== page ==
Study Group





The breeding ecology and conservation of the Ring Ouzel in Britain – PhD thesis by Ian Burfield


The ring ouzel Turdus torquatus is a summer migrant to Britain, where it is characteristically associated with upland areas. Populations have declined steadily since early in the 20th century, and the species’ range contracted by 27% between 1970 and 1990. A national survey in 1999 estimated that fewer than 7,600 pairs remain, and the species is now of high conservation concern in Britain. Limited evidence from ringing recoveries suggests that British and continental birds winter in similar areas of Spain and north-west Africa. Since most continental breeding populations appear stable, this study focussed on increasing knowledge about the species’ breeding ecology and habitat requirements in Britain, with the aim of shedding light on whether factors operating on the breeding grounds might be implicated in causing the decline.

A comparative approach was used to examine potential differences in the breeding biology and reproductive success of two contrasting populations in Scotland: one stable (Glen Esk, Tayside) and one declining (Moorfoot Hills, Borders). No significant differences were detected, with both populations experiencing high levels of nesting success and productivity. Chick growth rates were similar, and faecal analysis revealed that earthworms dominated nestling diet in both areas. It was not possible to examine whether there were any differences in annual survival, but observed return rates of marked adults and juveniles were similar.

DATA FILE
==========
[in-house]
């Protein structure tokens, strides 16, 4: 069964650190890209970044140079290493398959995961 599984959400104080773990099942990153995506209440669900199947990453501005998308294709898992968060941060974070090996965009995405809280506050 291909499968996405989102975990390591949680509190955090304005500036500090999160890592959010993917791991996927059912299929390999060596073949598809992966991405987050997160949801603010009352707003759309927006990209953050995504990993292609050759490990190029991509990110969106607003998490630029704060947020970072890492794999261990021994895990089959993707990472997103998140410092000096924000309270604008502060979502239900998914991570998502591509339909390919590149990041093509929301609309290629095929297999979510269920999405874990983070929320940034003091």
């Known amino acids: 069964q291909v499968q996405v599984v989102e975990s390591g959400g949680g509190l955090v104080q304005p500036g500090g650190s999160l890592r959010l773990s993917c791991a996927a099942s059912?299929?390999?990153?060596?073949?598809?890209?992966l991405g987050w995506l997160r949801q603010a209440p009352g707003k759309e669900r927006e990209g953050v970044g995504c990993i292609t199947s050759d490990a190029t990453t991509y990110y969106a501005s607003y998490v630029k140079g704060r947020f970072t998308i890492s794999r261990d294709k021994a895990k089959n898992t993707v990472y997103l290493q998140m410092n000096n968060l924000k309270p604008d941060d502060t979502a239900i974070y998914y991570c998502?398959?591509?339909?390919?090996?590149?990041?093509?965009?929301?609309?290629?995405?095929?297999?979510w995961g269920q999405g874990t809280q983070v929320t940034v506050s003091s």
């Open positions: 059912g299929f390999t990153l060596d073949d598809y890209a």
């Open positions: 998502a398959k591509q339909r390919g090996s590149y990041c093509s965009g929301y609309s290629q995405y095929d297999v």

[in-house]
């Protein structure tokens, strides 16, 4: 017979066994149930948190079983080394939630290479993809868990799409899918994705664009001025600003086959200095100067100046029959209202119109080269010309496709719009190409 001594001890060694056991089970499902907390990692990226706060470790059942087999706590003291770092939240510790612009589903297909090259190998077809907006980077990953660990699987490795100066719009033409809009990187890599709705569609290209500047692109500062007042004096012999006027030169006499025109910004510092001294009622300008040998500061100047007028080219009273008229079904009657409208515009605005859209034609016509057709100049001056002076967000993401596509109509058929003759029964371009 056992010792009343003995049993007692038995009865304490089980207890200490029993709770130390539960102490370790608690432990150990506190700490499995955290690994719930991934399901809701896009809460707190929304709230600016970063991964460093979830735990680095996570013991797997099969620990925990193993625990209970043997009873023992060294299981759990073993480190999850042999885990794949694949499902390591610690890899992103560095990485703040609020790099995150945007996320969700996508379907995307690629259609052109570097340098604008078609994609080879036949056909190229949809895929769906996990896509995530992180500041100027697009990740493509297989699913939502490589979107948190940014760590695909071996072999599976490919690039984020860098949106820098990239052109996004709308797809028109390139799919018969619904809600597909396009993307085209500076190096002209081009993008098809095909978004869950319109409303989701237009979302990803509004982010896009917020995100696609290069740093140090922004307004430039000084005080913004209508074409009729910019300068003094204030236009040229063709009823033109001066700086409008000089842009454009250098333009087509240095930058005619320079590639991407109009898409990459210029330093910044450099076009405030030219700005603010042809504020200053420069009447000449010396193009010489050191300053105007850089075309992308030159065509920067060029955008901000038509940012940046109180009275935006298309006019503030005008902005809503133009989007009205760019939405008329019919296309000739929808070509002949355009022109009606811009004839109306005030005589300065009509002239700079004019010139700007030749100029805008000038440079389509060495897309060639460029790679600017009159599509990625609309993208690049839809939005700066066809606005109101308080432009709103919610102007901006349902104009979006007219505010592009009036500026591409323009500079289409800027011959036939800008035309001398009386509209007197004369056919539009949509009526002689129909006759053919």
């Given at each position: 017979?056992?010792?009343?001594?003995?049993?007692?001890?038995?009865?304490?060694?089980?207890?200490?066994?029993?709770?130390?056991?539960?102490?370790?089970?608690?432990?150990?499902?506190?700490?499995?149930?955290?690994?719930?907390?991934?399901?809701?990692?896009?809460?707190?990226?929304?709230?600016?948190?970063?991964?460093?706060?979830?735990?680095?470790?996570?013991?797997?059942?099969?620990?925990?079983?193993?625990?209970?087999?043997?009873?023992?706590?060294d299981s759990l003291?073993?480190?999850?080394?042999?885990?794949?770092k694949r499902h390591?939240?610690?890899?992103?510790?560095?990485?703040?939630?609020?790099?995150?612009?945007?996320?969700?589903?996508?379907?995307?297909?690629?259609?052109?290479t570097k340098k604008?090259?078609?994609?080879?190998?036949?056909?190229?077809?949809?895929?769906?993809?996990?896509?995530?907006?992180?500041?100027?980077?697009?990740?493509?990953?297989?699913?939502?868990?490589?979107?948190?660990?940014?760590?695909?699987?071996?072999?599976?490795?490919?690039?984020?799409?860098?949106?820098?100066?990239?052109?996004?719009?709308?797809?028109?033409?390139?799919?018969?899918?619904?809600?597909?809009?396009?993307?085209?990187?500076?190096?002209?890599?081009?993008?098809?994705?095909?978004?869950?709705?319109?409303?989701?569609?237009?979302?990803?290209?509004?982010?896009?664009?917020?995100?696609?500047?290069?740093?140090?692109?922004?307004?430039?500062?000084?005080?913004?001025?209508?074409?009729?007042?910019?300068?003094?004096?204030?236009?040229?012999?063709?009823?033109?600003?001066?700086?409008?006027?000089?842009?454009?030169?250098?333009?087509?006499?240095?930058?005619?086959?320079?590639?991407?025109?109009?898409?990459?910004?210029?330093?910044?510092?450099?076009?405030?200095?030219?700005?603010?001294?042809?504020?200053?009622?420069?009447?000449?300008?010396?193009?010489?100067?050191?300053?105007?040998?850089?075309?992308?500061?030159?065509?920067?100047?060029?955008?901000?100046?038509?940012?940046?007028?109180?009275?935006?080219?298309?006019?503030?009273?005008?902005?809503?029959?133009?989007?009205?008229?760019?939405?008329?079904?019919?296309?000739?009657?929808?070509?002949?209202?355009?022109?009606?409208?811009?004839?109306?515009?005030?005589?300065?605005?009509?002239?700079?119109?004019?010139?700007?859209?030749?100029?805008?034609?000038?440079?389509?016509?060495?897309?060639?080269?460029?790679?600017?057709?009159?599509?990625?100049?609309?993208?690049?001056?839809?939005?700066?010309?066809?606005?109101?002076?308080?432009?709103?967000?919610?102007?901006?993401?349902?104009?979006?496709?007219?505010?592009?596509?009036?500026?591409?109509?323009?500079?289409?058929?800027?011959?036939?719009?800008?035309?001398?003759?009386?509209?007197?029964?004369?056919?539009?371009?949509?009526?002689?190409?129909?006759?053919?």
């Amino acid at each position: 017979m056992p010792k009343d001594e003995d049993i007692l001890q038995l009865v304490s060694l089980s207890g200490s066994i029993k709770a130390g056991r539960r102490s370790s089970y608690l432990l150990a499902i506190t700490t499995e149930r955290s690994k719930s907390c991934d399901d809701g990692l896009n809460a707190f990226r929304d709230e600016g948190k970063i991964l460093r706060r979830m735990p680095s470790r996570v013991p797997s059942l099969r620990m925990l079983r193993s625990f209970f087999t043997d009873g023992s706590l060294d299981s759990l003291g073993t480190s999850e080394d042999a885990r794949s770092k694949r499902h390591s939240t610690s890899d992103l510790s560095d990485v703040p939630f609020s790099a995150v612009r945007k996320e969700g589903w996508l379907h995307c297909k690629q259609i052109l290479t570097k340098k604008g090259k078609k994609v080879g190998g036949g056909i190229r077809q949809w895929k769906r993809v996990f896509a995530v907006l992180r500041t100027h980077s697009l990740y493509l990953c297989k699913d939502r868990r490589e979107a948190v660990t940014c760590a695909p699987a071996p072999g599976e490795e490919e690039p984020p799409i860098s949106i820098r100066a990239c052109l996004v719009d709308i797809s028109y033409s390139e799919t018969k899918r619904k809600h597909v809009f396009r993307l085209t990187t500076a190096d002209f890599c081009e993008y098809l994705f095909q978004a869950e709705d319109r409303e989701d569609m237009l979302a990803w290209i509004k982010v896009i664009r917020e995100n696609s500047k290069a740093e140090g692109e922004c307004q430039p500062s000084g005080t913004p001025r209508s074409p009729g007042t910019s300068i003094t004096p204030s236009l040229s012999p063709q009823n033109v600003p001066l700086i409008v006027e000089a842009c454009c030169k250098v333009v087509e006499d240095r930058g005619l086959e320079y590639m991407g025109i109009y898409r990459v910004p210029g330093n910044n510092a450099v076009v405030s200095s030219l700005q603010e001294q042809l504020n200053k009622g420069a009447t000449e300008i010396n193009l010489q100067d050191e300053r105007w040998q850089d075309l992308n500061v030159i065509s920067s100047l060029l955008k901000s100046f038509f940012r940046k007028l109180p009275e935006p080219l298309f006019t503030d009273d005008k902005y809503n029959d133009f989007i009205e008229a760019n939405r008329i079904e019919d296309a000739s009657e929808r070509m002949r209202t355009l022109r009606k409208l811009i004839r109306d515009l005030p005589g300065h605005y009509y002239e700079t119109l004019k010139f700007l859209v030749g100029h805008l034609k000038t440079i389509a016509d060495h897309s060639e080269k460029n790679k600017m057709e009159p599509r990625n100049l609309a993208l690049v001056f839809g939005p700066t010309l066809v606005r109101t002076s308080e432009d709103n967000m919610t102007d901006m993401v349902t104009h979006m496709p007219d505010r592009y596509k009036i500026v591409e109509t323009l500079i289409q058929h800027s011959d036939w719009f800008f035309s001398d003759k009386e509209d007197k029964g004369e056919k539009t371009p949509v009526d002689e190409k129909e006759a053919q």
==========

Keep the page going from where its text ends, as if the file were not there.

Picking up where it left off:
The species’ habitat requirements were quantified to assess the impacts of land-use change and provide information for upland management. Birds in both areas preferred to site their nests in tall heather on steep slopes, particularly in stream gullies or on crags. Adults in Glen Esk selected short grass swards and intimate grass/heather mosaics when collecting food for their chicks, but avoided ungrazed areas and conifer plantations. In relation to habitat availability, the composition of home ranges in Glen Esk reflected these preferences. Most contained relatively little heather moor and larger amounts of grass moor. Home ranges also comprised a greater number and richness of habitat patches than random areas of equivalent size. In the Moorfoots, breeding sites occupied during the 1960s were more likely to have retained ouzels if there was a high proportion of grass moor within a 500 m radius.

These results suggest that increased grazing intensities in Britain over recent decades may have had complex effects on ring ouzels, the precise impacts depending on the initial balance between heather moor and grass moor. In many parts of the Moorfoots, for example, further increases in grazing pressure would threaten the few remnants of tall heather supplying nest sites. In contrast, the species’ active avoidance of conifer plantations suggests that upland afforestation has probably had negative consequences for ring ouzels. Thus, while the ultimate cause of the species’ decline remains unclear, this study has increased knowledge about one of Britain’s most poorly known birds and provided important information for ouzel conservation.



Copyright RSPB 2011